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A Memoir of Misfortune Hardcover

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Product Details

  • Hardcover: 352 pages
  • Publisher: Knopf (April 17, 2001)
  • Language: English
  • ISBN-10: 0375410392
  • ISBN-13: 978-0375410390
  • Product Dimensions: 7.8 x 5.3 x 1.3 inches
  • Shipping Weight: 1 pounds (View shipping rates and policies)
  • Average Customer Review: 3.5 out of 5 stars  See all reviews (2 customer reviews)
  • Amazon Best Sellers Rank: #3,822,100 in Books (See Top 100 in Books)

Editorial Reviews

From Publishers Weekly

The English title of this book, which was first published in China, may put off readers unwilling to voluntarily subject themselves to 300-plus pages of someone else's suffering. That would be tragic, because they'd be missing out on a startling and remarkable odyssey, one that's both literary and personal. Su, a prominent journalist in China, was smuggled out of the country after making the government's "most wanted" list after the 1989 Tiananmen Square massacre. Two years later, his wife, Fu Li, and son joined him in the United States. Misfortune in the form of a devastating 1993 car accident that left Fu Li paralyzed and brain injured is at the core of Su's story. But in working through his guilt about the accident, he spirals outward and beyond it to explore differences between China and the U.S., political movements, love and spirituality. The latter discussion is especially enlightening. Su's reflections are a clear look at the way people without faith in God can find meaning in life through unimaginable tragedy and suffering. There are also some wonderfully pithy observations, particularly Su's discovery, when trying to buy a home, that "in the United States to clear your credit history is just as arduous as it is to remove a counterrevolutionary stigma in mainland China." Su makes regular references to Chinese literary and historical figures, but also provides lucid footnotes for the benefit of his Western readers. The translation is awkward at times, but because it heightens many of the points Su makes about differences in Western and Chinese culture, that awkwardness works to strengthen the overall effect of this powerful story. (Apr. 25)Forecast: This extraordinary memoir of both personal and national tragedy should find a large audience if it is widely reviewed, as it should be.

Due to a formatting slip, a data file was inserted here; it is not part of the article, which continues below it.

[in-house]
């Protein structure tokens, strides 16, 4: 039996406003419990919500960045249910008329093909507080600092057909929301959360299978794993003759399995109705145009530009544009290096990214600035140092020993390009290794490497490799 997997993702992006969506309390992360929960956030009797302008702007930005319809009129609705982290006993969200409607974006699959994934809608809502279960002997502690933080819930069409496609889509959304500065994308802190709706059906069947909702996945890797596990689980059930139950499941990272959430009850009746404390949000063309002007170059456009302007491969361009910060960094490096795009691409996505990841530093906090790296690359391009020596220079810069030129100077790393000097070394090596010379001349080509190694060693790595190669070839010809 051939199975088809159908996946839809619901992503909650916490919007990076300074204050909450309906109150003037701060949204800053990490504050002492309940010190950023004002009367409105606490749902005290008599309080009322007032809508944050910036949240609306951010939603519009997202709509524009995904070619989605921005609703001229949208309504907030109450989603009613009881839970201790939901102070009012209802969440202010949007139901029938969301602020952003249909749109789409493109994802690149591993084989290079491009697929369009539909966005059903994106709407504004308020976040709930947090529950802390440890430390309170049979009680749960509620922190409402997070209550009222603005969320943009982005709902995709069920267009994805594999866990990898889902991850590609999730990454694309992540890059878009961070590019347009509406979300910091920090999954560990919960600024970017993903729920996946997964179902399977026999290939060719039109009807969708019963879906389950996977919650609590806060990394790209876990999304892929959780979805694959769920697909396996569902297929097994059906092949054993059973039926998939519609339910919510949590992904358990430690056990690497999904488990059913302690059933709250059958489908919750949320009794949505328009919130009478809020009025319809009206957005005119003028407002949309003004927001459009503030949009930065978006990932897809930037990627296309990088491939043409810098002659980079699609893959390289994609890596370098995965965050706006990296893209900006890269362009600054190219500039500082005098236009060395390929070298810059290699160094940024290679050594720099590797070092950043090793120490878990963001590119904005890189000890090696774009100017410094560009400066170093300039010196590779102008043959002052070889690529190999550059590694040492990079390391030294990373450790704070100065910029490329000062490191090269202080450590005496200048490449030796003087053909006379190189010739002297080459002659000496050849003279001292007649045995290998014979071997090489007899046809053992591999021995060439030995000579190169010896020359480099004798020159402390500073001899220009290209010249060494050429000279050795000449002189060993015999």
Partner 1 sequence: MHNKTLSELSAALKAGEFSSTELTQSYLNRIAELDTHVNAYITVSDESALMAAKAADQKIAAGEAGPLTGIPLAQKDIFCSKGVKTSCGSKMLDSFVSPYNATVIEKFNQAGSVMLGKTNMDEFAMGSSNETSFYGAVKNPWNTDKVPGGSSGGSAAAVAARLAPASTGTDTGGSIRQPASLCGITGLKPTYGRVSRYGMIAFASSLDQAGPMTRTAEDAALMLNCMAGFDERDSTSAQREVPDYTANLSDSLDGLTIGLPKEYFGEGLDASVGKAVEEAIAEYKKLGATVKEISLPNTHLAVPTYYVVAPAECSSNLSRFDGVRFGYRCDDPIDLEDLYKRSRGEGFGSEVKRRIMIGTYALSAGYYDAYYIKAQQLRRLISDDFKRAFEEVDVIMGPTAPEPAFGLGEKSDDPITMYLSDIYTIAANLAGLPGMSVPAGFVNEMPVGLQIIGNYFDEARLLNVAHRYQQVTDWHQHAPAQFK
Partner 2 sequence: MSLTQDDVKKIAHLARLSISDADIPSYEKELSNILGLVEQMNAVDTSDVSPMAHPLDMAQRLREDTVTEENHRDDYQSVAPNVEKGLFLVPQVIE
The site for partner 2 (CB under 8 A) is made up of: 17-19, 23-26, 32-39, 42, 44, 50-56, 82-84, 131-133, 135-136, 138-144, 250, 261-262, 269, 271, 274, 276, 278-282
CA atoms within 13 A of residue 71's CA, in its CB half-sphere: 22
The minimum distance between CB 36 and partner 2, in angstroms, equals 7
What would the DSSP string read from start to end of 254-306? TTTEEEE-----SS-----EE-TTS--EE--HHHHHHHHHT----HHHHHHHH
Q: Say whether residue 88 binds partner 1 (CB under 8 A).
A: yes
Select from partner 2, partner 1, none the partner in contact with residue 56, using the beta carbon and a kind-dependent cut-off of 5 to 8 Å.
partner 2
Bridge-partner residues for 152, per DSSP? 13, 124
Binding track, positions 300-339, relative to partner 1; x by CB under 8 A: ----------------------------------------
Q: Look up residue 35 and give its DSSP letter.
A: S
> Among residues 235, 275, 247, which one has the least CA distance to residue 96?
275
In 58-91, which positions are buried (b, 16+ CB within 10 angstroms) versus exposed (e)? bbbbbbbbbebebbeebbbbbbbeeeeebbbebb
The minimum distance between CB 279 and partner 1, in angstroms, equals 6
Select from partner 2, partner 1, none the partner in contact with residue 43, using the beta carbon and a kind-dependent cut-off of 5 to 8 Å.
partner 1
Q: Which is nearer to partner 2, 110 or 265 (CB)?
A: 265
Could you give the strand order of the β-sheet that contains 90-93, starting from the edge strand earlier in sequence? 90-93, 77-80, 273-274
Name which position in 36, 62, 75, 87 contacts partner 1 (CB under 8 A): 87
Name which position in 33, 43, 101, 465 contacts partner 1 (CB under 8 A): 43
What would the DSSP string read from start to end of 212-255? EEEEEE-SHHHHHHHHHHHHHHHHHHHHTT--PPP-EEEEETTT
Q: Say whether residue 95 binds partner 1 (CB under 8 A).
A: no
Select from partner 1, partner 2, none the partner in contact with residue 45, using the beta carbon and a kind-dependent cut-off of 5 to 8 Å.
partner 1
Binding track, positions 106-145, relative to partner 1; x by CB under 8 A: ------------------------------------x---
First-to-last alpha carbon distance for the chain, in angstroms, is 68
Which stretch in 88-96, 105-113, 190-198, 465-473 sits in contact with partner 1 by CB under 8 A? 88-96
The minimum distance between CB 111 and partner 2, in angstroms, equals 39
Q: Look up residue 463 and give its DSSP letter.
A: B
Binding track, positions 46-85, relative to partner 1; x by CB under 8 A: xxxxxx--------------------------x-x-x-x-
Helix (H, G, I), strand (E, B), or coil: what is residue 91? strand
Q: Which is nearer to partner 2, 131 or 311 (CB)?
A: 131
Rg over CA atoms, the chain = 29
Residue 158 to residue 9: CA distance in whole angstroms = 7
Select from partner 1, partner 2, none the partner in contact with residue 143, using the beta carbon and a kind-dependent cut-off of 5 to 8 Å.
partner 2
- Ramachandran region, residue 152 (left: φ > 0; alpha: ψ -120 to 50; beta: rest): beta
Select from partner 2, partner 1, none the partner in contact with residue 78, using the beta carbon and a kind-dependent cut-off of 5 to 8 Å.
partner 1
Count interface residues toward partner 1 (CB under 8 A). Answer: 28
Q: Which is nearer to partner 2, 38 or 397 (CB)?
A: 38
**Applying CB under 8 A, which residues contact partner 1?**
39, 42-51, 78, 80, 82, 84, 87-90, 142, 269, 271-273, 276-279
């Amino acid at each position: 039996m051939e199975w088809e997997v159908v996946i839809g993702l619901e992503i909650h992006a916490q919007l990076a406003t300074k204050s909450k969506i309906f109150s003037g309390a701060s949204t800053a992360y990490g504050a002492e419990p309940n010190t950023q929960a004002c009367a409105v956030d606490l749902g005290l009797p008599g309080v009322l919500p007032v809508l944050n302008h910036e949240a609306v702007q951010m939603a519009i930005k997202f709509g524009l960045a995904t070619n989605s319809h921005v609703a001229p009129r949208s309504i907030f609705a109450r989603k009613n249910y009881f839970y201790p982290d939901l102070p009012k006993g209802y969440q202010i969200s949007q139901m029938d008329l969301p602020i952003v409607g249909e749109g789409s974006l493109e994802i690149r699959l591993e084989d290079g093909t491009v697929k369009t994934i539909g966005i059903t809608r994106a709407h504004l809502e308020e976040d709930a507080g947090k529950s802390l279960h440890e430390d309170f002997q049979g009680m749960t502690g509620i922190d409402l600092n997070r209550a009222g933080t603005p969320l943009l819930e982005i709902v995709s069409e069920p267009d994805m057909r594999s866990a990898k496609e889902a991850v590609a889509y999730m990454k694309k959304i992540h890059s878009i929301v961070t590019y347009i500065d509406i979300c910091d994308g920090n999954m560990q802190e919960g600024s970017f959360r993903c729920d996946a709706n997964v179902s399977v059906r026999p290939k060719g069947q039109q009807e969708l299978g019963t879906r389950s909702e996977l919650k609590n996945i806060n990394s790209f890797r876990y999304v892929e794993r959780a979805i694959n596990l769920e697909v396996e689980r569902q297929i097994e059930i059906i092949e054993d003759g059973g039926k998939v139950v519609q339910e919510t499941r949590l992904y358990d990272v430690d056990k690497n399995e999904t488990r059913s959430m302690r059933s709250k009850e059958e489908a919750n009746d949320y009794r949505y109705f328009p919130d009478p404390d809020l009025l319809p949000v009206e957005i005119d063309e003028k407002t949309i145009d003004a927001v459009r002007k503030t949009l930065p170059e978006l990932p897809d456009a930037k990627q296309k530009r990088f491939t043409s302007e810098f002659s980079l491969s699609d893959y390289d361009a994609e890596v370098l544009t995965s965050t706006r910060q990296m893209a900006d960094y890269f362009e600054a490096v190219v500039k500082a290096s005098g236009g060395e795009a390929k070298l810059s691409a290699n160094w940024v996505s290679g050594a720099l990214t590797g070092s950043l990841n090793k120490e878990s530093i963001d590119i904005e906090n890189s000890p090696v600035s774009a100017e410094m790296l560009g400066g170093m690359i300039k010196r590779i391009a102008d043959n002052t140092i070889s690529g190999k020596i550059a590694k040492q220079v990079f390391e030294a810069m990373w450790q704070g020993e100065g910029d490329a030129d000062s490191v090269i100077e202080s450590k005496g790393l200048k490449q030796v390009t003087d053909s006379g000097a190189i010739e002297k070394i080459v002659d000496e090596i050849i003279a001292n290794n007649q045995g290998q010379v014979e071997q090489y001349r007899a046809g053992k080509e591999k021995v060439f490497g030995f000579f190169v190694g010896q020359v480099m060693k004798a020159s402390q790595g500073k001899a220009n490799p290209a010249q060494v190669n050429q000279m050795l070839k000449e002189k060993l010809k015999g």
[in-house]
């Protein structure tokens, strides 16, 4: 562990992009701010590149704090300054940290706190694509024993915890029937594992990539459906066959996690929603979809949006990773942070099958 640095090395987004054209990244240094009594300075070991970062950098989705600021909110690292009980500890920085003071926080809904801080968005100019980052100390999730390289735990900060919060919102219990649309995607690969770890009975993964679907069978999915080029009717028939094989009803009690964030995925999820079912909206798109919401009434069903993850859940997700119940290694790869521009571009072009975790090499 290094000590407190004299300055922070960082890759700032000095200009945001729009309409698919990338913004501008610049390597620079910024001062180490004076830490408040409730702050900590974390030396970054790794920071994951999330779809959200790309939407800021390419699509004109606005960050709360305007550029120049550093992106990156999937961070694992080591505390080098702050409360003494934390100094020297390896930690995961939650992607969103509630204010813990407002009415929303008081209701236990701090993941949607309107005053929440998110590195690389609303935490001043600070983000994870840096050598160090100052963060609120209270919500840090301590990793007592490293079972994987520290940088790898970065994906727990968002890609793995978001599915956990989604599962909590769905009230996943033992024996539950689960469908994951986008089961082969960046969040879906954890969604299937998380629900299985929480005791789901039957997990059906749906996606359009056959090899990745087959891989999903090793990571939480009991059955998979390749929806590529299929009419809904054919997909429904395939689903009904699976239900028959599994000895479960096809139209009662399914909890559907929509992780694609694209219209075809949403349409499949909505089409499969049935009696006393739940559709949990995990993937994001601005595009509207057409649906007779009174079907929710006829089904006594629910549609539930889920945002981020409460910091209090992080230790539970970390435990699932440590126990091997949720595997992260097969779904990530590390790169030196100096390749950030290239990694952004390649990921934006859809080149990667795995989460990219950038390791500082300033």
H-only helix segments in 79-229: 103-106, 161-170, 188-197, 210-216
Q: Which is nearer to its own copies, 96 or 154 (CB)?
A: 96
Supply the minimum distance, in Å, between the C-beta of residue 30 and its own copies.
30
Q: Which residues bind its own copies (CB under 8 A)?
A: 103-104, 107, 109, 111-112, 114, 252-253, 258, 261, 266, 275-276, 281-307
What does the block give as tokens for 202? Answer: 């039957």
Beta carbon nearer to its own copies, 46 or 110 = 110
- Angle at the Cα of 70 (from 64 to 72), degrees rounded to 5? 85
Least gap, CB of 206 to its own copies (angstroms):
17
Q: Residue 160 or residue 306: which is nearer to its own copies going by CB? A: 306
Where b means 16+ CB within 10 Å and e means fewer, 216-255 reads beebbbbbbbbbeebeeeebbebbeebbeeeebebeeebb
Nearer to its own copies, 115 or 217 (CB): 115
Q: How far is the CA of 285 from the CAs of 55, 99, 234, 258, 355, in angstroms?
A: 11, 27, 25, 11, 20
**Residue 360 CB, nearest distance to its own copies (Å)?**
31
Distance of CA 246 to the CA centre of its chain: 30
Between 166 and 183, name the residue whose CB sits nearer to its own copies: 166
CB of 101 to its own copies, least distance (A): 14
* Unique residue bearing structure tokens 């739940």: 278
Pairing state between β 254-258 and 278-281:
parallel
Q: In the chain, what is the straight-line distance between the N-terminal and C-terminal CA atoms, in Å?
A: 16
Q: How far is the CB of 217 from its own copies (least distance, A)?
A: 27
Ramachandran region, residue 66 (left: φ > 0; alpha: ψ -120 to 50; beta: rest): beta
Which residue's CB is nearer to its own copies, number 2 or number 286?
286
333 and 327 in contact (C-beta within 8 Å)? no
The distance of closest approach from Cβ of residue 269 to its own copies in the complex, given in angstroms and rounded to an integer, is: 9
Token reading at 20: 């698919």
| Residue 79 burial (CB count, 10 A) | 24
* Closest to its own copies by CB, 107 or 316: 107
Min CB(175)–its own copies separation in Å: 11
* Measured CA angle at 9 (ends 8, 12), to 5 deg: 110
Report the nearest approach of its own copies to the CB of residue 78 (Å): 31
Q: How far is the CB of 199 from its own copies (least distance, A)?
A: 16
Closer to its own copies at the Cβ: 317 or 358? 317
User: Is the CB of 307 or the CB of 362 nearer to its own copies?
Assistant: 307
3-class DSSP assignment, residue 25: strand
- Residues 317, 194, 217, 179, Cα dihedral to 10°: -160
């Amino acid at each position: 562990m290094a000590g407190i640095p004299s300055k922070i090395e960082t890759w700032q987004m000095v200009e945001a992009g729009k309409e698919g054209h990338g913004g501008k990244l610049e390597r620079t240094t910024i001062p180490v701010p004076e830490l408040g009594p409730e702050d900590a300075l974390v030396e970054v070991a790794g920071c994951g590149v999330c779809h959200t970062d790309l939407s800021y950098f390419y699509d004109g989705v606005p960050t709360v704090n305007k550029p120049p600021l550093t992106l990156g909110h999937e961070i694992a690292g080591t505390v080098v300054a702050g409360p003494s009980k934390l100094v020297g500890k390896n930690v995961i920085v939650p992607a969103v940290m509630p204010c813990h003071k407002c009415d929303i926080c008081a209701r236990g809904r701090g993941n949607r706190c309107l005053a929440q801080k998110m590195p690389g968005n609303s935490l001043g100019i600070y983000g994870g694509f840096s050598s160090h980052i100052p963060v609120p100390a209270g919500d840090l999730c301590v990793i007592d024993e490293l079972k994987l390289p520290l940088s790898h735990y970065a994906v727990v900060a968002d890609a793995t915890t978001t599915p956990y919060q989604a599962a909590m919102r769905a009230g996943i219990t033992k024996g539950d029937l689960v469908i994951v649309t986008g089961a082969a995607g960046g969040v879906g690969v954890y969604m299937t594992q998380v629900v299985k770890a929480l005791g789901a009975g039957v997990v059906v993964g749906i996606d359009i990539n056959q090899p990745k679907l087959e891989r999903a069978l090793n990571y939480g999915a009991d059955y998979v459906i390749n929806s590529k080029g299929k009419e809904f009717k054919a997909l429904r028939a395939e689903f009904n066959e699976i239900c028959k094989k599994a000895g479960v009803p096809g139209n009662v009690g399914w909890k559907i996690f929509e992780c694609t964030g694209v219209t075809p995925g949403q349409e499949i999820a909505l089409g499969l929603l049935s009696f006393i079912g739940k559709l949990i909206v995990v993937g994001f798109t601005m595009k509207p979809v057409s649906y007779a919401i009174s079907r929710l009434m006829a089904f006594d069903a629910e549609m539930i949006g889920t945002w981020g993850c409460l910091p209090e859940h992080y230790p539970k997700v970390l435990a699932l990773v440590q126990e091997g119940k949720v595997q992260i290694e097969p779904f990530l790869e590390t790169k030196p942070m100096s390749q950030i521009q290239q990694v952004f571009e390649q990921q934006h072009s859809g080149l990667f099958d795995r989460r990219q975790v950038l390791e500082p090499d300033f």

Copyright 2001 Cahners Business Information, Inc.

From Library Journal

While some of the many demonstrators at the Tiananmen Square uprising in 1989 were killed or went to prison, some escaped China and found asylum abroad. A journalist and producer for television in China who had gained some degree of fame, Su escaped to Paris, then made his way to the United States. He settled in Princeton, NJ, along with a number of other exiles, who formed a sort of Chinatown there. After many difficulties, he managed to bring over his wife, Fu Li, and son Su Dan, only to see her paralyzed in a horrific car accident exactly four years after the uprising. Touching and delicate, this memoir mostly recounts Su's doubts, fears, adjustments, reassessments, and, yes, gratitude. Unfortunately, the translation occasionally seems clumsy. Recommended for larger public libraries. Kitty Chen Dean, Nassau Coll., Garden City, NY